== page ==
One of the biggest problems the challengers faced in this case was captured by the second line in Alito’s opinion: “Arizona law generally makes it very easy to vote.” It is difficult to make a discrimination claim stick when a state has such an open and extended process for voting as Arizona does. The state gives its residents the ability to vote “by mail or in person for nearly a month before election day.”
This fed into the court’s application of the text of Section 2(b) that the law is violated only if the election process is not “equally open to participation” by a minority group “in that its members have less opportunity” than other voters to participate (emphasis added by the court). Thus, the “touchstone” of Section 2 is the requirement that voting be “equally open,” and the DNC just couldn’t make the case that voting is not equally open to all of the residents of Arizona regardless of their race.
On the Gingles “totality of the circumstances” factors and the guidelines applied in this case, the court said that “several important circumstances should be mentioned.” First of all, the “size of the burden imposed by a challenged rule is highly relevant” (emphasis added). Every voting rule imposes some burden on a voter since “voting takes time” and “some travel, even if only to a nearby mailbox.” A voting system that is “equally open” and that provides everyone an “equal opportunity” to vote “must tolerate the ‘usual burdens of voting,’” and “mere inconvenience cannot be enough to demonstrate a violation of §2.” This factor alone should be enough to eviscerate many of the challenges to voting laws over issues like drop boxes and rules governing absentee ballots.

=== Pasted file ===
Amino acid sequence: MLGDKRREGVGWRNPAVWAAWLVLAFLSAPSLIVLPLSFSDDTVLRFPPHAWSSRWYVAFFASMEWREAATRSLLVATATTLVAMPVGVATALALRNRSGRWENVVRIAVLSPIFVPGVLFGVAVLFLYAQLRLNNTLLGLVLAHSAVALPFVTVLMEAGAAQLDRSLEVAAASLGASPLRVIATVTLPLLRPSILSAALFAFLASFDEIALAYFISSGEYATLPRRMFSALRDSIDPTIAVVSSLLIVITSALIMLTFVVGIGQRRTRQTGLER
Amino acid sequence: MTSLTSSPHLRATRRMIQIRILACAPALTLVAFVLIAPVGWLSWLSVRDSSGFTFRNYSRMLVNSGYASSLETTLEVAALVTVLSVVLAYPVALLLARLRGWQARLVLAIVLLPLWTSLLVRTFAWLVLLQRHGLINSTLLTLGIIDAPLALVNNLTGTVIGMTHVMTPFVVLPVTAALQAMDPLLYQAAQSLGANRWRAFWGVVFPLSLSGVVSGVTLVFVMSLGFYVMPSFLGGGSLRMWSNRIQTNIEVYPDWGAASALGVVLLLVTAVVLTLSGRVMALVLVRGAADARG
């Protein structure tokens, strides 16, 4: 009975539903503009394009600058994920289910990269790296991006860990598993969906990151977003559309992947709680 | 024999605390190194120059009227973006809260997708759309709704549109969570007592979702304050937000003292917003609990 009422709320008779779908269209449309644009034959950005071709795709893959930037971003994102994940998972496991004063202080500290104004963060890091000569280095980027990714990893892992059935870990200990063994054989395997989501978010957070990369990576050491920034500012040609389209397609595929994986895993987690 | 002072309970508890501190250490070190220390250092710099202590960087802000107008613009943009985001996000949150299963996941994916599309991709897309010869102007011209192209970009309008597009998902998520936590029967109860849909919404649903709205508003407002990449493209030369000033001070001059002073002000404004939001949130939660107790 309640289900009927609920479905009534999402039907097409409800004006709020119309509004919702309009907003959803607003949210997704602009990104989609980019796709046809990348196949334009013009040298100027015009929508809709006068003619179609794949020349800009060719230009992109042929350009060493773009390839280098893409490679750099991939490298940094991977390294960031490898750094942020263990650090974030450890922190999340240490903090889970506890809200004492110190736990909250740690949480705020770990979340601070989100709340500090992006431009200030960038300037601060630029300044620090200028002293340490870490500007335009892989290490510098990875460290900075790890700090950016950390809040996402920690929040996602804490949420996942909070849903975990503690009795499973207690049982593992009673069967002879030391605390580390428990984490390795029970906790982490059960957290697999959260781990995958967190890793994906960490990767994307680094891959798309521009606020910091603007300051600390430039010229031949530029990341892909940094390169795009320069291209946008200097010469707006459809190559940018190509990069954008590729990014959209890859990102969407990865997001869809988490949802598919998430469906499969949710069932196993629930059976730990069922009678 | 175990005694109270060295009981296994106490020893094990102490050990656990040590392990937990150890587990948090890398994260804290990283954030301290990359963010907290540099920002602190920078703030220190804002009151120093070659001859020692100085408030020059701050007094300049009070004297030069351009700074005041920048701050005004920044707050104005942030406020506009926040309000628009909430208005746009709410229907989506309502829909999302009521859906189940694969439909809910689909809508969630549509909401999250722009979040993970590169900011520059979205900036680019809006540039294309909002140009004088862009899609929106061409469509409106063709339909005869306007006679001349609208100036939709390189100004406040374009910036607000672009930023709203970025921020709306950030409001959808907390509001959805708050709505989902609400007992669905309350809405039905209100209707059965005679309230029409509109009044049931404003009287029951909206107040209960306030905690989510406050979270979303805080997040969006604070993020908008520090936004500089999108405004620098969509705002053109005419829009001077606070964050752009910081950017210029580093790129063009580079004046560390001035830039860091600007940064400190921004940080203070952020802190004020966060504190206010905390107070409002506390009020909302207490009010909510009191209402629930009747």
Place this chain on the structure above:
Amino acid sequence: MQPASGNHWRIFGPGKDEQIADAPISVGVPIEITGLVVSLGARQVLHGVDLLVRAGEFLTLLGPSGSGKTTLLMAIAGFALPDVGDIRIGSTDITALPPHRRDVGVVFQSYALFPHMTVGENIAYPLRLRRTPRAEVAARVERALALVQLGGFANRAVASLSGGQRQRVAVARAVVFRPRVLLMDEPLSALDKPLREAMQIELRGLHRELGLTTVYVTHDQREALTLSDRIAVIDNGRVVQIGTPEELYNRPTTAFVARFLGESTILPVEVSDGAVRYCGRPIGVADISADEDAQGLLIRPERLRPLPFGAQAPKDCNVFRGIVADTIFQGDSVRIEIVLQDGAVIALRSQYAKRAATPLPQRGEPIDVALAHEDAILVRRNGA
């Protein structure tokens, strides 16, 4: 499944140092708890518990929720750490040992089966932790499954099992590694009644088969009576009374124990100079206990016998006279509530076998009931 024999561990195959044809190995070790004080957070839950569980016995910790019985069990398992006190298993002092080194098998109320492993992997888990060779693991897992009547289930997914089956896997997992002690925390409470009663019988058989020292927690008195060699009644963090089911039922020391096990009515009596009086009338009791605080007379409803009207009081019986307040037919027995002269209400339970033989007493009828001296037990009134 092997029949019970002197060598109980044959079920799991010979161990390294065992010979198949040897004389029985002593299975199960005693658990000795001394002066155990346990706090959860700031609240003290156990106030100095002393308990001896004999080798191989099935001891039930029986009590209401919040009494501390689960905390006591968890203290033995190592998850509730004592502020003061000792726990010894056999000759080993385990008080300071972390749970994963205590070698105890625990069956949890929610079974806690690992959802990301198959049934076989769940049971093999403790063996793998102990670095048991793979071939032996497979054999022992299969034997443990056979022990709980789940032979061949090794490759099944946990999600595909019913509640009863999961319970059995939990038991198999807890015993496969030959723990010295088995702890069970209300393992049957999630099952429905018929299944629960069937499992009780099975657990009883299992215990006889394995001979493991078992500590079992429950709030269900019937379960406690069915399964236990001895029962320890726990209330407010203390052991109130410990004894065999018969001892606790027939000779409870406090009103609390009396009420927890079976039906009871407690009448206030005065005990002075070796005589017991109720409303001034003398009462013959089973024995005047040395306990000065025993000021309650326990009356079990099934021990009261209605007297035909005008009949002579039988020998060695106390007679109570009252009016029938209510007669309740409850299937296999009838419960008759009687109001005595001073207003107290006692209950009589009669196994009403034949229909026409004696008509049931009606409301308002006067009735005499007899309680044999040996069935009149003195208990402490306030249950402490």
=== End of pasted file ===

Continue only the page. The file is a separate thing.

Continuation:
Second, the “degree to which a voting rule departs from what was standard practice when §2 was amended in 1982 is a highly relevant decision.” Again, this factor should make many of today’s challenges extremely difficult to maintain because almost all of the rules governing the election process were much stricter in 1982, when no state had early voting, drop boxes, online voter registration, and as the court says, states “allowed only narrow and tightly defined categories of voters to cast absentee ballots.”
Third, the “size of any disparities in a rule’s impact on members of different racial or ethnic groups is also an important factor to consider.” However, all voting rules will have some “predictable disparities in rates of voting,” no matter how neutral they are. The “mere fact [that] there is some disparity in impact does not necessarily mean a system is not equally open” and most importantly, “very small differences should not be artificially magnified.” Given the very minimal disparities that exist among different groups of voters on almost every regulation governing registration and voting, this also weighs heavily against challengers.